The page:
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Amazing minimalist home design

Amazing minimalist home design
Amazing minimalist home design2
Amazing minimalist home design3
Amazing minimalist home design4
Amazing minimalist home design5
Amazing minimalist home design6
Amazing minimalist home design7
Amazing minimalist home design8
Amazing minimalist home design9

Minimalist style is based on the ideas that “less is more” meaning the less objects the better the space will look. Here is a spectacular list of 7 clean minimalist homes. Whether you like or dislike the minimalist style these homes should leave you calm and less stressful. 1. Casa C by architects Duilio Damilano 2. Garden and Sea by architect Takao Shiotsuka 3. Orr House by Swatt Architects 4. Woodside Bay Home by Hillery Priest Architecture 5. Openhouse by XTEN Architecture 6. Boso house by Kiyonobu Nakagame Architects

7. Somosaguas home by A-cero Architects This is a post from Home Design Find 7 Clean Minimalist Homes Related posts: Szirtes House by Chenchow Little Architects Remuera House Xten Open House

How to Create a Minimalist Home
There are actually no set steps to making your home minimalist, except to change your philosophy and shoot for the ideals in the previous section above. But here are some tips that I would offer to anyone trying to shoot for minimalism:

1. One room at a time. Unless you’re just moving into a place, it’s hard to simplify an entire house at once. Focus on one room, and let that be your center of calm. Use it to inspire you to simplify the next room, and the next. Then do the same outside!
2. Start with furniture. The biggest things in any room are the furniture, so you should always begin simplifying a room by looking at the furniture. The fewer pieces of furniture, the better (within reason, of course). Think of which furniture can be eliminated without sacrificing comfort and livability. Go for a few pieces of plain, simple furniture (example of a minimalist coffee table) with solid, subdued colors.
3. Only the essentials. Whether looking at your furniture or anything else in the room, ask yourself if the item is truly essential. If you can live without it, get it out. Try to strip the room down to its essentials — you can always add a few choice items beyond the essentials later.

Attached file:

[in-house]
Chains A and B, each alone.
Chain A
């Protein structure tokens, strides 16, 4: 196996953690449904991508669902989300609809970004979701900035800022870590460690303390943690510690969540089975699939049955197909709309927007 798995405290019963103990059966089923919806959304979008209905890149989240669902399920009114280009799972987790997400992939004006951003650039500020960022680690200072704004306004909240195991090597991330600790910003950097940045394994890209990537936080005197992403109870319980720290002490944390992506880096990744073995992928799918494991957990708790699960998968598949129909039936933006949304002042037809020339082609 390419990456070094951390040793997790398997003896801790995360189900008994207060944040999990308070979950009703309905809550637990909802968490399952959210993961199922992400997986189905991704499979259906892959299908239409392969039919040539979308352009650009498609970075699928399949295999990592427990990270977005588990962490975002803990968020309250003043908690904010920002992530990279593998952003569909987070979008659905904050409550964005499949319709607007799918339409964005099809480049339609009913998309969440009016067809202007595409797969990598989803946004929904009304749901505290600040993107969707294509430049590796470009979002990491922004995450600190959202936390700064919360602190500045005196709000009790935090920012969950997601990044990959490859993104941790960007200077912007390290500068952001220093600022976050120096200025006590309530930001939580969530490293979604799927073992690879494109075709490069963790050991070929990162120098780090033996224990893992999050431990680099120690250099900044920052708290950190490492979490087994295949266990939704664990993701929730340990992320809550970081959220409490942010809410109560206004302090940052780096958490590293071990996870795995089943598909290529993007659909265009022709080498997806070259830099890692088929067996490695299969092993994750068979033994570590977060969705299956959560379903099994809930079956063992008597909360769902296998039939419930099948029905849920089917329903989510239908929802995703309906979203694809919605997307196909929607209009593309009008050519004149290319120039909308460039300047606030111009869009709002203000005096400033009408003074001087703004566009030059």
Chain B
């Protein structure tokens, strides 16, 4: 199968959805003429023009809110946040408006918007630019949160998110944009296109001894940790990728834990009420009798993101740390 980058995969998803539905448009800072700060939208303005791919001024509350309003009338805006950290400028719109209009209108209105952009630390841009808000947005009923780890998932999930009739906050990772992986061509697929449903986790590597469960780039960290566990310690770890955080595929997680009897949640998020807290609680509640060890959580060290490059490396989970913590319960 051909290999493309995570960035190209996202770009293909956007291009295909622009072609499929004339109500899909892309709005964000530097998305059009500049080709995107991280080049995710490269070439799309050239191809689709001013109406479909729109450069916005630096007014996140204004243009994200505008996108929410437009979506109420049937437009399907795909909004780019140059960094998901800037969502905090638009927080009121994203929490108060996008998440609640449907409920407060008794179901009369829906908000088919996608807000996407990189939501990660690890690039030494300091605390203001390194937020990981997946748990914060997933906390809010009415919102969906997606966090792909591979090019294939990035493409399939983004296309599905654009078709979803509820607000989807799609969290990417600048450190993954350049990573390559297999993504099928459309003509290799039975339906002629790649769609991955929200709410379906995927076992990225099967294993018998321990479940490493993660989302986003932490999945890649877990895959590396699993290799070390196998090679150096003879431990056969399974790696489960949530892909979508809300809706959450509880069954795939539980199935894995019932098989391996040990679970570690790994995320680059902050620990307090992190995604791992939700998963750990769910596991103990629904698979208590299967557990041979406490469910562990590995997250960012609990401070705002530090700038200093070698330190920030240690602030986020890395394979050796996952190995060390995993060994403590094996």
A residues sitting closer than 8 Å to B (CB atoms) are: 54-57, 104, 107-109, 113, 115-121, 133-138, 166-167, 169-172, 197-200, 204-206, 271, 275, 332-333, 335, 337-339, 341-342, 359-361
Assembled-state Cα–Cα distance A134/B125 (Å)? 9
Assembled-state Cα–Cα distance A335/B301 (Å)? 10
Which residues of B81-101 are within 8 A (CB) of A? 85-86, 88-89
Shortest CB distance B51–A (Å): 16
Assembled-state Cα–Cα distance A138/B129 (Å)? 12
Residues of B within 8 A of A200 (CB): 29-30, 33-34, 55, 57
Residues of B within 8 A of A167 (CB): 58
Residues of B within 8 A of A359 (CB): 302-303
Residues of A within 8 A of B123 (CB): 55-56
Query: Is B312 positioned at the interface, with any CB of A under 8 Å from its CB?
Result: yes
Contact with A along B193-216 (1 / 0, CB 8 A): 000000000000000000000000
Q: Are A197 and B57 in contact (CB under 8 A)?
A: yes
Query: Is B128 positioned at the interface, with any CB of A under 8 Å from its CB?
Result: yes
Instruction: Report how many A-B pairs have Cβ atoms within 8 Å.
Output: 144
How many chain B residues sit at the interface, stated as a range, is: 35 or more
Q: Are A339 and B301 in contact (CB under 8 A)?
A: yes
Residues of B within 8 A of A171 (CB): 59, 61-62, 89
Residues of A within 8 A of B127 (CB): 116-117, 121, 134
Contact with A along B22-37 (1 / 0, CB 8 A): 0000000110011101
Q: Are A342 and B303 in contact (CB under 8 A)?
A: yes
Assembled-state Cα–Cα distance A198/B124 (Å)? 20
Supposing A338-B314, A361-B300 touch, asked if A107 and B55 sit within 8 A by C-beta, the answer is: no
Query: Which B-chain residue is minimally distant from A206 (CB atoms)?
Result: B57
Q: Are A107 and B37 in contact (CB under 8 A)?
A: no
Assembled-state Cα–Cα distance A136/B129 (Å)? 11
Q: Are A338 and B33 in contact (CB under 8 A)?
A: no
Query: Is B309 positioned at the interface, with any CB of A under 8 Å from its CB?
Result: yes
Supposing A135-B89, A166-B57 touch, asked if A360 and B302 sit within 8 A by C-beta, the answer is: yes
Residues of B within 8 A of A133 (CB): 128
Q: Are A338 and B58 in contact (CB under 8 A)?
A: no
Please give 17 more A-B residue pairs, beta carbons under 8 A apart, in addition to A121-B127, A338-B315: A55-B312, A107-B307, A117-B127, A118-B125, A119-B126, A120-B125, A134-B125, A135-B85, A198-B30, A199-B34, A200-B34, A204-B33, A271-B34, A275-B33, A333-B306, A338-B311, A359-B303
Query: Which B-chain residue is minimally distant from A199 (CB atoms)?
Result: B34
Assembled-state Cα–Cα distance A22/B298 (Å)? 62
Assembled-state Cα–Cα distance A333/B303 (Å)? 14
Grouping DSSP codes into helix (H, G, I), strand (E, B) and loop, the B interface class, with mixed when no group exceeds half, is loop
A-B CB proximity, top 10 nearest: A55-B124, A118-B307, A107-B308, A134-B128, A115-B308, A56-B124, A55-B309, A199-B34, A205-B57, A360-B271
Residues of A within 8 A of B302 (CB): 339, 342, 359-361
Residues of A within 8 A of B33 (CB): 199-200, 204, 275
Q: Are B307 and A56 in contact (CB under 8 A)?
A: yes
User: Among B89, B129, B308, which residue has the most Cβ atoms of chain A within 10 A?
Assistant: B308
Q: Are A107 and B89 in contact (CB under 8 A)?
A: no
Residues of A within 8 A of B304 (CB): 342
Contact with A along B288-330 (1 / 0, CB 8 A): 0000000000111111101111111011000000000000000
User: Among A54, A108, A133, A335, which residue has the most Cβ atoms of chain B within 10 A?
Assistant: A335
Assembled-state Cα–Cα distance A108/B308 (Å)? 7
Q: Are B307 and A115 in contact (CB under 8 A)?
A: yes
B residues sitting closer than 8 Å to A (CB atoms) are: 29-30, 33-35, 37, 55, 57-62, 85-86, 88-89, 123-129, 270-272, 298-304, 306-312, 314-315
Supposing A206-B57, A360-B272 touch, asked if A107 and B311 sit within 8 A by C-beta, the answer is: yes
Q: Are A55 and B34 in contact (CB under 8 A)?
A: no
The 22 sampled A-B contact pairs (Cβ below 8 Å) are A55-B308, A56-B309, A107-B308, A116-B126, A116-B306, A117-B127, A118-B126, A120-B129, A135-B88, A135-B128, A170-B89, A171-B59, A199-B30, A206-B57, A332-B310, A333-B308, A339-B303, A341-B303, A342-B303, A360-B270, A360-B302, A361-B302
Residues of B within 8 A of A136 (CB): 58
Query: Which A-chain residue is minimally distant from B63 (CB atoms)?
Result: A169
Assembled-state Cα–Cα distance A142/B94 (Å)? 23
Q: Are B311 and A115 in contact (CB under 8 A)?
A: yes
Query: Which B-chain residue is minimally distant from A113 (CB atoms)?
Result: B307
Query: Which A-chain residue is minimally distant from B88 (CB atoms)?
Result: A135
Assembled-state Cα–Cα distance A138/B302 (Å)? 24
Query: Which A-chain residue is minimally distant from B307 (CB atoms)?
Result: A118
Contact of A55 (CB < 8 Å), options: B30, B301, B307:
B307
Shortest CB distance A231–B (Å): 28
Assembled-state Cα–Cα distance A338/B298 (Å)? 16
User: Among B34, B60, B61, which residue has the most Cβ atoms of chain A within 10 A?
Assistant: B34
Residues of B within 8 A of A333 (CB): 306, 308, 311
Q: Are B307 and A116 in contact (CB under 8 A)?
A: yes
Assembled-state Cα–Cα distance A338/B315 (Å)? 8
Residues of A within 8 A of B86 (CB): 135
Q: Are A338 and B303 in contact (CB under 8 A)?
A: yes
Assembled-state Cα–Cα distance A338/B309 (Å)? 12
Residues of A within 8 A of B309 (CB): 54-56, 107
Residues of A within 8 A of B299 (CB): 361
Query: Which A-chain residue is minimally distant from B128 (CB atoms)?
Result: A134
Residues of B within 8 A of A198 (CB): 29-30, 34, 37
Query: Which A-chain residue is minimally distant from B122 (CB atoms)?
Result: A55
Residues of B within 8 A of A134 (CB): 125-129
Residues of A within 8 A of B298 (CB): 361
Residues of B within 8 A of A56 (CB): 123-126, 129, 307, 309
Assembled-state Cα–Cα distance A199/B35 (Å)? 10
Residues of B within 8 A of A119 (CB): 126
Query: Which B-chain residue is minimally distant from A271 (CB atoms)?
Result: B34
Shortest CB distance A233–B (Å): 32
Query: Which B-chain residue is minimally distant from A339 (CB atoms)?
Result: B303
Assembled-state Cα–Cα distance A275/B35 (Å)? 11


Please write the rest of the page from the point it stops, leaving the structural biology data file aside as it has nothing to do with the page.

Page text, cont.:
4. Clear floors. Except for the furniture, your floors should be completely clear. Nothing should clutter the floor, nothing should be stacked, nothing should be stored on the floor. Once you’ve gotten your furniture down to the bare essentials, clear everything else on the floor — either donate it, trash it, or find a place for it out of sight.
5. Clear surfaces. Same thing with all flat surfaces. Don’t have anything on them, except one or two simple decorations (See Tip 9 below). Donate, trash or find an out-of-sight storage spot for everything else. It will make everything much, much more minimal-looking.
6. Clear walls. Some people hang all kinds of stuff on their walls. No can do in a minimalist home. Clear your walls except for one or two simple pieces of nice artwork (see Tip 8 below).
7. Store stuff out of sight. This has been mentioned in the above tips, but you should store everything you need out of sight, in drawers and cabinets. Bookshelves can be used to store books or DVDs or CDs, but shouldn’t have much else except a few simple decorations (not whole collections of things).
8. Declutter. If you are clearing flat surfaces and the floor, and storing stuff in cabinets and drawers, you’ll probably want to declutter your storage areas too. You can do this in a later stage if you want. See How to Declutter for more.
9. Simple artwork. To keep a room from being boring, you can put a simple painting, drawing or photo, framed with a subdued, solid color, on each wall if you want. Leave some walls bare if possible.
10. Simple decorations. As mentioned in the above tips, one or two simple decorations can serve as accents for a minimalist room. A vase of flowers or a small potted plant are two classic examples. If the rest of your room has subdued colors, your accents could use a bright color (such as red, or yellow) to draw the eye and give a plain room a splash of energy.
11. Plain window treatments. Bare windows, or simple, solid colored curtains, or simple, wooden blinds are good. Too much ornate stuff around the windows is clutter.
12. Plain patterns. Solid colors are best for floor coverings (if you have any), furniture, etc. Complex patterns, such as flowers or checkers, are visual clutter.
13. Subdued colors. As mentioned in Tip 9 above, you can have a splash of bright color in the room, but most of the room should be more subtle colors - white is classic minimalist, but really any solid colors that don’t stress the eyes is good (earth colors come to mind, such as blues, browns, tans, greens).
14. Edit and eliminate. When you’ve simplified a room, you can probably do more. Give it a couple of days, then look at everything with a fresh eye. What can be eliminated? Stored out of sight? What’s not essential? You can come back to each room every few months, and sometimes you’ll discover things you can simplify even more.
15. Place for everything. I’ve discussed this in other posts, but in a minimalist house, it’s important that you find a place for everything, and remember where those places are. Where does you blender go? Give it a spot, and stick with it. Aim for logical spots that are close to where the thing is used, to make things more efficient, but the key is to designate a spot.
16. Sit back, relax, and enjoy. Once you’ve simplified a room, take a moment to look around and enjoy it. It’s so peaceful and satisfying. This is the reward for your hard work. Ahhhh. So nice!

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